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Profile of Oscar Olivera
Oscar Olivera is the executive secretary of the Federation of Factory Workers of Cochabamba, Bolivia, an umbrella organization of more than 50 unions. He is also the most visible leader in the coalition of unions, peasant groups, farmer organizations, and neighborhood associations that successfully fought back a 1999 water privatization scheme in Cochabamba.
The privatization was an example of public investment programs under World Bank-imposed austerity measures. It illustrates how some of these policies have created economic and political instability; increased poverty, unemployment, inflation; and in the case of Bolivia, directly lowered household incomes by increasing the cost of water.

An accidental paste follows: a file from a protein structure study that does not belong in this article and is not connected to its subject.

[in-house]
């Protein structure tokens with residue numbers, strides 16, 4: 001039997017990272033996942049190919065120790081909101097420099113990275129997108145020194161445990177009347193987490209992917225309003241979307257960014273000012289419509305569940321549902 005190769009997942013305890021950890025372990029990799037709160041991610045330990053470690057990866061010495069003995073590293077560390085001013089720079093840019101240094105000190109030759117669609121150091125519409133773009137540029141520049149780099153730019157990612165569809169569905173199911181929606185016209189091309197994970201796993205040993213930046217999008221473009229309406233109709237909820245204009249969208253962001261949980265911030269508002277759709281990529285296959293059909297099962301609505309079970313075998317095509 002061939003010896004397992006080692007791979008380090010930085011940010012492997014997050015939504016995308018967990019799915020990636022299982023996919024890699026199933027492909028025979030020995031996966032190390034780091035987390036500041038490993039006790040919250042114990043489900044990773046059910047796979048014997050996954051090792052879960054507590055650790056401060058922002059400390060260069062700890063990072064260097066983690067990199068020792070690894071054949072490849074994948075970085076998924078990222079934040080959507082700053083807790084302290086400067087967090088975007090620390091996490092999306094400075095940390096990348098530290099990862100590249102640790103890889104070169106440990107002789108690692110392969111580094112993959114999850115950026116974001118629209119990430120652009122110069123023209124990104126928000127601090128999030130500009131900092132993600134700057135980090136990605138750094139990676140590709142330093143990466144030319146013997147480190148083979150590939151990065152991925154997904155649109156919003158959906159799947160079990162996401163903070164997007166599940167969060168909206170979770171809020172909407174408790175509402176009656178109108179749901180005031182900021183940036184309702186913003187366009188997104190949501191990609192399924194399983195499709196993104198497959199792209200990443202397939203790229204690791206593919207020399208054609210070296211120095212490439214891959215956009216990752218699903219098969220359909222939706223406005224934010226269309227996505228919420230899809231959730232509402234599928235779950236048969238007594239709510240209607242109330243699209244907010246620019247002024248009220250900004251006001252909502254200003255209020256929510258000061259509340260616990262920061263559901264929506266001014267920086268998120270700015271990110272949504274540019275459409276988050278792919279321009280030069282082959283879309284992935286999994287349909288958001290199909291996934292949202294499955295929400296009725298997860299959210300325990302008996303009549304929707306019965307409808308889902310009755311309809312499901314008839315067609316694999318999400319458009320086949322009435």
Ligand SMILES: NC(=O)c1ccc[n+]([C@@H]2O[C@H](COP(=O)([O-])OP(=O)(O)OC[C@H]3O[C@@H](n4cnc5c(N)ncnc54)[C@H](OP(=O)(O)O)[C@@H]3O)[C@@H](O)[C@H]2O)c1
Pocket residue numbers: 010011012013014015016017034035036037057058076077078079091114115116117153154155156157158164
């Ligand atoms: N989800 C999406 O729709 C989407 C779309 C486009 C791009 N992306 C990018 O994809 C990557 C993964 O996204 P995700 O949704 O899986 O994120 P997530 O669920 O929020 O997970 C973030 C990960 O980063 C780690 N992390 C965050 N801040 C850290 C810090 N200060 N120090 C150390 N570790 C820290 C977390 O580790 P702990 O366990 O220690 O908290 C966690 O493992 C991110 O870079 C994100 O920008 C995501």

Privatization meant water rate hikes of 200 to 300 percent for some Cochabamban families. Households with $100 in monthly income were paying $25 to $30 monthly for their water. With Olivera's leadership and weeks of civil disobedience, the residents of Cochabamba overcame violent resistance from the government, and the water privatization program was halted by early 2000. He was one of the most visible spokespersons of the movement.
In 2000, the Letelier-Moffit Human Rights Award, was presented to Olivera by the Institute for Policy Studies. He received the Goldman Award for environmental activism for the year 2001. In recent years, he has spoken in the halls of the U.S. Congress and in gatherings from London to Vancouver.
Photograph, Courtesy of Noah Friedman Rudovsky